Food for thought

A few good lines from: Remembering the genius who Stanley Kubrick stole music from. – By Jan Swafford – Slate Magazine

it hadn’t occurred to me that the avant-garde and the comic could cohabitate.

Ligeti had his own singular and unpredictable parameters. Sometimes he’s almost alarmingly funny, other times mesmerizing, uncanny, hyperbolic, touching, ironic—all the good stuff music used to do.

Reed in the Reader

This is a nice article on Mike Reed in the Chicago Reader. I’ve had the pleasure of making music with Mike a time or two, and the series that he and Josh run at the Hungry Brain has served as an inspiration and template for the Open Ears Music Series.

I recently got copies of Mike’s two forthcoming CDs, and will have more to say about that soon.

Chicago Reader | Pitchfork Music Festival coverage: Mike Reed’s best known as the guy who assembles the Pitchfork Festival, but in his spare time he performs miracles for the local jazz scene. By Peter Margasak

One to One Studios in Jackson, MS

This past Friday, I took my quartet to Jackson, MS to perform at One to One Studios, which is a very cool art gallery/performance space. In the performance space, they have a stage that is made up of 5 large circles on three different levels. It definitely creates and different vibe for the performers. There was a pretty good sized, very attentive audience in attendance.


I played one set with my regular quartet, and did an opening set of improvisations with Jackson natives Bruce Golden and Jeb Stuart. I have posted mp3s of the trio and the quartet over at

Former New Orleanian, and current Jascksonian, Will Thompson hooked us up. He has become a real connecting factor between the New Orleans and Jackson creative/improv scenes. It’s a pretty logical connection. The two cities are only a 2.5 to 3 hour drive apart. Here’s hoping for a long and fruitful association between the cities and their scenes, and if you are ever in Jackson, be sure to check out One to One.

Image courtesy of Paul Fayard.

Dudes whose name starts with W

I’d been hearing about this Willie Nelson & Wynton Marsalis collaboration, and to be honest had trouble imagining how it could work. That must have been a me issue, because apparently Willie and Wynton imagined it working quite well…and it does work quite well. I do still have a little trouble getting over or their Facebook page. All the pics of Wynton in vest and tie, and Willie in his hat with that beat up old guitar. It’s almost like the president of the Young Republicans going on a date with that pierced/tattooed chick with green hair. THEY probably had a great time, but everyone else can get too stuck in their ideas of genre or their prejudices to see that.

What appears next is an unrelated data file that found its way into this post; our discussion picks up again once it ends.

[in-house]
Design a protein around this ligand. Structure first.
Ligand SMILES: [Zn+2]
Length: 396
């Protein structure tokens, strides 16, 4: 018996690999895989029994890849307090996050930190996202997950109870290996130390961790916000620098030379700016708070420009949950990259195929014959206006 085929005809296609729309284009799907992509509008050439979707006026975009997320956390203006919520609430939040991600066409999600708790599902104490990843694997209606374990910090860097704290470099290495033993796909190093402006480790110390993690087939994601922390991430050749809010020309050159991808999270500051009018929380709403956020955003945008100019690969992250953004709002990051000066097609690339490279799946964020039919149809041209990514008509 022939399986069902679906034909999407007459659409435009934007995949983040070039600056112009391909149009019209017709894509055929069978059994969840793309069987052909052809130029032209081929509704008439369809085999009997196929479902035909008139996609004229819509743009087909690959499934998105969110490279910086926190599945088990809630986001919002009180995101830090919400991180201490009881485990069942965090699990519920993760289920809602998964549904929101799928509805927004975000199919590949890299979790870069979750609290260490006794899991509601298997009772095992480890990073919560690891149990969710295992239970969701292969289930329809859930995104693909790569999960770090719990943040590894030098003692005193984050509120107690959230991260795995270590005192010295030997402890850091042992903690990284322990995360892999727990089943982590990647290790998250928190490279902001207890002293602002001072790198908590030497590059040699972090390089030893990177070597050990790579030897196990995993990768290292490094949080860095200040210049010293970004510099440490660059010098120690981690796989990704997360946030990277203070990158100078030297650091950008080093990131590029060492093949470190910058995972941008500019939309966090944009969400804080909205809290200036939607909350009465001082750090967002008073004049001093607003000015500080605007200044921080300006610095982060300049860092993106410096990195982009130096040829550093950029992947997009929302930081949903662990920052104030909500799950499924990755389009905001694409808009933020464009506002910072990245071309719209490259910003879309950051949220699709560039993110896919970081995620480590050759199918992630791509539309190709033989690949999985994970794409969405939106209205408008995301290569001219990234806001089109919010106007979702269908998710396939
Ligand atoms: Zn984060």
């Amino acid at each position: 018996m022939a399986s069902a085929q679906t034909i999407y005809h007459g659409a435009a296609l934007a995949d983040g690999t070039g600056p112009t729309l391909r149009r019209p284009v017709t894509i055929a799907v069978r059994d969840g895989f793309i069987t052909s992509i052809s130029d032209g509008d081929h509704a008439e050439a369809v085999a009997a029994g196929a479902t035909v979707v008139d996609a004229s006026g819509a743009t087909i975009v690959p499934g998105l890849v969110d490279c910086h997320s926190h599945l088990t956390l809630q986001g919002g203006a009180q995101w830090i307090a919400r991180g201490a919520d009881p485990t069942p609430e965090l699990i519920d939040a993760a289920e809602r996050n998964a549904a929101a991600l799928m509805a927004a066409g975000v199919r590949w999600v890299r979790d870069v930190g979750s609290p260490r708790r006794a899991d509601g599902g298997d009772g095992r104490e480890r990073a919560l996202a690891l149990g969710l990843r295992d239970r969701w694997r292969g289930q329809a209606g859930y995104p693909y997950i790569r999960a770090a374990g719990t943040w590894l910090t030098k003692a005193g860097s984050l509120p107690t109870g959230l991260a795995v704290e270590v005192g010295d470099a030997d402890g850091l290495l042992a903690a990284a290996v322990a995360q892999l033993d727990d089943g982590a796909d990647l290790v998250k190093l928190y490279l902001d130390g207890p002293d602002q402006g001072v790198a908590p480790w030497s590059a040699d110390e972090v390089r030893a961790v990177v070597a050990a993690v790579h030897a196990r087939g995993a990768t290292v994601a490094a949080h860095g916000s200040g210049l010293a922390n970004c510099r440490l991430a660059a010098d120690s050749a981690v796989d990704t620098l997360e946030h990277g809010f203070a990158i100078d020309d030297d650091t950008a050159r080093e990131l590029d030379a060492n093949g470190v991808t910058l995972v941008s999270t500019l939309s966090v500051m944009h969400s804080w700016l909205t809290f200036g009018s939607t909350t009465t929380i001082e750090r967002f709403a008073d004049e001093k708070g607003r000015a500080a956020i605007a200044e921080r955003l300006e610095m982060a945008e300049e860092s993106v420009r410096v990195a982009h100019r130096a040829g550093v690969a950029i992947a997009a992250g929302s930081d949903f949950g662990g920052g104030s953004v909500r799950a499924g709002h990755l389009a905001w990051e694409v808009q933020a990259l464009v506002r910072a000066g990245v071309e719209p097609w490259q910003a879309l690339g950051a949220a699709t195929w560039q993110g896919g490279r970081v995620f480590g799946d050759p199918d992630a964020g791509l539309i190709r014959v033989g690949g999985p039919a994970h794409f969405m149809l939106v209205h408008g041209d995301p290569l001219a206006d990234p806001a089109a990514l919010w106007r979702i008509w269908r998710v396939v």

Genre is a problem for this record. Genre is a problem in general (see DJA for some good thoughts on this idea). This isn’t a jazz record, but it’s got some enjoyable improvising from musicians that would be considered jazz musicians. It’s not really a country record, or a blues record. Is Americana a genre? It might be that.

The good new is, that regardless of what you call it, it is fun to listen to. There is a real depth and honesty to what Willie does, and that makes me feel good. It grooves hard, and that makes me move parts of my body as I listen. Come to this music without preconception, and chances are it will grab you.

It is easy to have preconception about Wynton. Every time I hear him do that spot for his XM show, when he says “we’re gonna hear some cats who CAN PLAY!” I always think, “what, everyone else sucks?!?!” I don’t think he means to imply that only those endorsed from his Swing Seat can play, but it can come off that way. Then he talks about hearing “what’s happening on the real jazz horizon,” right before the voice over names a few famous dead jazz heros. It’s easy to look at the fashion ads and all of that and think hat Wynton is not really about music but about other stuff. I don’t think that is the case, but either way, just clear your mind, forget who it is, and listen.

It’s not about high art (pun intended), but it does address the basic values of much of American music, and it sounds good. It works.

Full disclosure: a copy of the CD “Two Men with the Blues” was provided to me.